by Marilyn Lester


You’ve probably had the experience: a performer sings a song that knocks your socks off. The audience applauds so wildly it can hardly stop. It might be the song, the way it’s sung, or both. In any case, it literally stops the show.

Three divas, Broadway stars Carolee Carmello, Mandy Gonzalez and Kissy Simmons, with their powerful vocalizations and charming stage presence, proved the point at 54 Below’s Broadway Showstoppers! directed and hosted by the genial Stephen DeAngelis. The two Broadway stars of the male gender – Telly Leung and Robert Creighton – not so much.

Broadway Showstoppers! featured numbers sung by these five performers in their respective shows, as well as numbers they’d like to be cast for, but have never sung in a show. Before the prodigious singing began, though, the trio of musicians on stage – Music Director extraordinaire, Eugene Gwozdz at the piano, Adam Neely on bass, and Larry Lelli on drums – played an overture of showstoppers, all from the same Broadway hit: Gypsy.  Arranging for Broadway Showstoppers! was skillfully executed by the multi-talented Gwozdz.

Creighton is a classic character player. He’s funny, entertaining, and possesses a solid, if not powerful voice. He’s full of comedy, shtick and sincerity. His first number came from his opportunity to go on for Joel Grey in Anything Goes: “I Get A Kick Out of You.” Creighton followed with, “Mr. Cellophane” (Chicago), and finished with “Give My Regards to Broadway/I’m a Yankee Doodle Dandy” (George M), channeling film’s James Cagney to a “tee.”

Telly Leung has a sweet voice and manner on stage, but his upper register tenor isn’t the force of nature associated with the traditional showstopper number. Telly, assuming the role of Glinda, sang “For Good” with Mandy, reprising her role as Elphaba in Wicked. Telly also provided “back-up” for Mandy on Dance of the Vampire’s “Total Eclipse of the Heart.” His last number, “I’ll Cover You,” which he sang in Rent, was within his vocal range and comfort zone, and was delivered with heart and tenderness – a clear audience pleaser.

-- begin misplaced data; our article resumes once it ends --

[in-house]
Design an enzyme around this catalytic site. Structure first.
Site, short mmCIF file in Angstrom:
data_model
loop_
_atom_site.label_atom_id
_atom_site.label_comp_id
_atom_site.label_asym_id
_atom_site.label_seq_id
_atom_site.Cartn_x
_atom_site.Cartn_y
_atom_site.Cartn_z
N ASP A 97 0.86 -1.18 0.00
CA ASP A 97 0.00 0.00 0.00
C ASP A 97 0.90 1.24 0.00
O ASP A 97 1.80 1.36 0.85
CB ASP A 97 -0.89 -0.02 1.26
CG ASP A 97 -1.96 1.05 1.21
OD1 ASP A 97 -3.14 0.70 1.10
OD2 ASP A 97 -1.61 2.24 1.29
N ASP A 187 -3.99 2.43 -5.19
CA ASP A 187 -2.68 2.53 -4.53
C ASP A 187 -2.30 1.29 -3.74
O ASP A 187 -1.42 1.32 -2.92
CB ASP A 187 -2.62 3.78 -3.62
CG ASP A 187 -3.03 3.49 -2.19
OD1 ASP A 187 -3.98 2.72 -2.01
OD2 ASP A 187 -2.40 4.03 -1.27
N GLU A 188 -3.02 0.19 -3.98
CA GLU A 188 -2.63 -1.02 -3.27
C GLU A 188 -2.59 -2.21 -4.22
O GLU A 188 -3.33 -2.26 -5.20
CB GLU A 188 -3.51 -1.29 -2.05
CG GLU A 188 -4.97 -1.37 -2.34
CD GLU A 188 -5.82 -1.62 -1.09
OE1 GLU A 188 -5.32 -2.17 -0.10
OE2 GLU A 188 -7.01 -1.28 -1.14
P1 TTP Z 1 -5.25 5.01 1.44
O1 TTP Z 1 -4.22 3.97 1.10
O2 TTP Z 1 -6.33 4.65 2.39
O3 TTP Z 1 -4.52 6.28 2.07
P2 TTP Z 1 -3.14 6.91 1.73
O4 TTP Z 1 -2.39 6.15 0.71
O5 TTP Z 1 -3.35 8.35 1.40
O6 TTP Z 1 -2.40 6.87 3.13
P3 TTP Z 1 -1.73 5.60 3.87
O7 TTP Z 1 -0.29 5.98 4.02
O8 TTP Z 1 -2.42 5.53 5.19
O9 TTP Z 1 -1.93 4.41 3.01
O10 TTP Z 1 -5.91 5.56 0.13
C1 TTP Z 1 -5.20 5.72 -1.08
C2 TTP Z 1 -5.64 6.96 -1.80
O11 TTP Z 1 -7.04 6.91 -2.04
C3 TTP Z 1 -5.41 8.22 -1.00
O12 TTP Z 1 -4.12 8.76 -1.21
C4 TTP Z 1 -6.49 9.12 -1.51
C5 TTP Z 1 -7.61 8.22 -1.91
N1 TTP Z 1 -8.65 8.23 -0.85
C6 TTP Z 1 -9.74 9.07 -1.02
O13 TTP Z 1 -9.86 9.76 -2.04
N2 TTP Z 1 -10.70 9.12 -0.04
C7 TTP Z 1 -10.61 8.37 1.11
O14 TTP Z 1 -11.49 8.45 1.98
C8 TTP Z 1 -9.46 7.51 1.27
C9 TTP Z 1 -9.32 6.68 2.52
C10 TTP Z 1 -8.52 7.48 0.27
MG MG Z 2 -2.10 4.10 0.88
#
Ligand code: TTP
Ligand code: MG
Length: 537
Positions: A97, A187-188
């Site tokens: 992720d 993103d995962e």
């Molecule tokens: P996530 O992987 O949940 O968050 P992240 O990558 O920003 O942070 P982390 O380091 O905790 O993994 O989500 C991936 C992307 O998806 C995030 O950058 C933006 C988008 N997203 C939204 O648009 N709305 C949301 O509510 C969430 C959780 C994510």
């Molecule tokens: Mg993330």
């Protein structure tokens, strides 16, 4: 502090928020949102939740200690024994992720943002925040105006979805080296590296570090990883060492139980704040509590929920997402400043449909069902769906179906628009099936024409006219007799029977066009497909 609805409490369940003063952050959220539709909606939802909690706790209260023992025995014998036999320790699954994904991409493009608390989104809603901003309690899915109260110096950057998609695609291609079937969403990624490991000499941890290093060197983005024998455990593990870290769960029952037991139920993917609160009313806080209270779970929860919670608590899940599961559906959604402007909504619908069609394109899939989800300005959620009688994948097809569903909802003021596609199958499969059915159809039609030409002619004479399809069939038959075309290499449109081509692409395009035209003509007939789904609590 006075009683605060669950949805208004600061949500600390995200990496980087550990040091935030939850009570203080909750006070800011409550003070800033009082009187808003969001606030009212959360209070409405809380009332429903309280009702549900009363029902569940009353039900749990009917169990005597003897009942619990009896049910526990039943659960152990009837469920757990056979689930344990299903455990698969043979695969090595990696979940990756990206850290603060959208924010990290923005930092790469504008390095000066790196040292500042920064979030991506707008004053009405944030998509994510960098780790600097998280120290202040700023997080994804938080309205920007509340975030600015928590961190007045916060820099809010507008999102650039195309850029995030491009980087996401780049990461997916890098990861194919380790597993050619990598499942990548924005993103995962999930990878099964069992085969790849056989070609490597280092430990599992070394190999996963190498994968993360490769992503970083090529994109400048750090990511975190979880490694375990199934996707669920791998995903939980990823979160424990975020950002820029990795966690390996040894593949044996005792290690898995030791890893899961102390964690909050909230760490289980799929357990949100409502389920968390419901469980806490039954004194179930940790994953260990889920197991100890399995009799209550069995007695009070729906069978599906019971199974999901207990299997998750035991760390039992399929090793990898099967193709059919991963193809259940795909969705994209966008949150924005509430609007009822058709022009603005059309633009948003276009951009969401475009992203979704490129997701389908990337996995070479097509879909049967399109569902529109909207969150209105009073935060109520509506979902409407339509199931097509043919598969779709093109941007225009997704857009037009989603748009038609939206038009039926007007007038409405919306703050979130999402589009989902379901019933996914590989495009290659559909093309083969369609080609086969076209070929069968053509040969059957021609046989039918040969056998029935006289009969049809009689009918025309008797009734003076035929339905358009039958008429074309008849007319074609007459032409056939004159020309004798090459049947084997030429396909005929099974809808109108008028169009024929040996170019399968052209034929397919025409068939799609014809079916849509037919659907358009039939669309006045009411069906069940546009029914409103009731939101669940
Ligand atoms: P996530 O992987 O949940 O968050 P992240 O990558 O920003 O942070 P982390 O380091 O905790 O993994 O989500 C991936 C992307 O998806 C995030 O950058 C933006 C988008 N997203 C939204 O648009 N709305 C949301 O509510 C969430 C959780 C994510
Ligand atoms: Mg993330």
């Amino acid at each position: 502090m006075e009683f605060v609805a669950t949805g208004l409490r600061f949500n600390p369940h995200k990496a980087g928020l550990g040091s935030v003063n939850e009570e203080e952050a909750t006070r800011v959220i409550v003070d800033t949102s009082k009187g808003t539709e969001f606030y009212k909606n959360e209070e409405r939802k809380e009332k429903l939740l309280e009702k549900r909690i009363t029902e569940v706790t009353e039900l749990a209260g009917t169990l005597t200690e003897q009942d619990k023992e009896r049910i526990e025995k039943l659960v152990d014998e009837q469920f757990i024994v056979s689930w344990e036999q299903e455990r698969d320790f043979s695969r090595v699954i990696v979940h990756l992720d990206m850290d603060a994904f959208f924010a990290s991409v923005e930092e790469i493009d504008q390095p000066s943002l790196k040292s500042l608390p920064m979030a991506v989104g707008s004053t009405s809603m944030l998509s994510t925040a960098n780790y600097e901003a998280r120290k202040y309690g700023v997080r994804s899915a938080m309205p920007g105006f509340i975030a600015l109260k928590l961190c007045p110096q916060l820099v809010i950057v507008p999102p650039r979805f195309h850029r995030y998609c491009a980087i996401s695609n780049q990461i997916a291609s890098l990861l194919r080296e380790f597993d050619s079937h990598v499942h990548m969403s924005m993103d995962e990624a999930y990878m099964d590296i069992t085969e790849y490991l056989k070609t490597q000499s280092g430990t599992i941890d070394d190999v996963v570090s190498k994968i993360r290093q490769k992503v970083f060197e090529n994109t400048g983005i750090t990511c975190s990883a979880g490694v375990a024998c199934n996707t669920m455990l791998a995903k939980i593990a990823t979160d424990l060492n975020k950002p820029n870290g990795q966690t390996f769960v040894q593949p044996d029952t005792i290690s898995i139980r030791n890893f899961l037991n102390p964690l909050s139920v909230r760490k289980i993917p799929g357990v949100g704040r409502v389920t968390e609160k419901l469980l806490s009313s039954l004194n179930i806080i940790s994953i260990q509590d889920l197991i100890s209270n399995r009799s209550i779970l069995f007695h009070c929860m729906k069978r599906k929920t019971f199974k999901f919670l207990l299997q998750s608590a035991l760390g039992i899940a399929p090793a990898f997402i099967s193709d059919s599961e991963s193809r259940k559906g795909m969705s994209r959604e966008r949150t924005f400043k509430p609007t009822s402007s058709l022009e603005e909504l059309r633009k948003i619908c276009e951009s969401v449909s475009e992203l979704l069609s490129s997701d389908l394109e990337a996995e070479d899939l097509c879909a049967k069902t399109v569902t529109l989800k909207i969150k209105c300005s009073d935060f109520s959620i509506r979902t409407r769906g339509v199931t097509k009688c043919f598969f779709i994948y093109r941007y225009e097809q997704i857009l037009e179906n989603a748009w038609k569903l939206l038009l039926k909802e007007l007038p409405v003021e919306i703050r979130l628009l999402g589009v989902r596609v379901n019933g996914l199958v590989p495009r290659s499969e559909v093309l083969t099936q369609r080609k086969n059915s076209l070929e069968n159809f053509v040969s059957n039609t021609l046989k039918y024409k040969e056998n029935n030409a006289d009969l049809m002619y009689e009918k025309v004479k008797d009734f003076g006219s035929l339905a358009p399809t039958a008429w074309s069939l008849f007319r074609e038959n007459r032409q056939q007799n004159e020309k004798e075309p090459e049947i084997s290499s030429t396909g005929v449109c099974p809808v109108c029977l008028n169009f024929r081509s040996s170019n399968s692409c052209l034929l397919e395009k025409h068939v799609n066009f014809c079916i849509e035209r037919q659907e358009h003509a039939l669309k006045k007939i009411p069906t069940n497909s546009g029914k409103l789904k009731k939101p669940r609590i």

In alternating sets of female/male, the woman-power on the Broadway Showstoppers! stage produced enough voltage to light up the isle of Manhattan for a month of Sundays. (Perhaps the casting of these two males stars was a purposeful move to provide rest periods between such high-energy output.)  Kissy Simmons sang the first  number of the show, “Shadowland,” from The Lion King, reprising her role as the longest-running Nala to date. Her beautiful, rich mezzo vocals and acting chops delivered the goods with her two other showstopping numbers, “Easy As Life,” from Aida, and “I Have Nothing,” from The Bodyguard (which originated in the West End and has yet to come to Broadway).

Mandy Gonzalez, began her set of three numbers with “Don’t Cry for Me, Argentina,” from Evita, placing herself right up there with the diva’s diva, Patti Lu Pone. Carolee’s first number, “As Long As He Needs Me,” from Oliver! also placed her firmly among the ranks of the many divas to own this tune, including Shirley Bassey, Patti Lu Pone and Judy Garland. The “big enchilada” in Broadway Showstoppers! was Carolee’s rendition of the mega-showstopping number from Funny Girl, “Don’t Rain On My Parade,” in which she proved again she’s a diva among divas. At song’s end, the joke among the other performers was, “we can all go home now.” But wait, there’s more!, as those late-night commercials offer: Carolee, closed this show with her own showstopping number from Mama Mia, “The Winner Takes It All.”

Produced by Rich Aronstein/rj productions, Broadway Showstoppers! was also filled with entertaining light patter and stories of aspiration and success, providing over all a satisfying evening of powerful entertainment.  (video/interview previews)

Broadway Showstoppers! April 10 at 54 Below, 254 West 54th St., 646.476.3551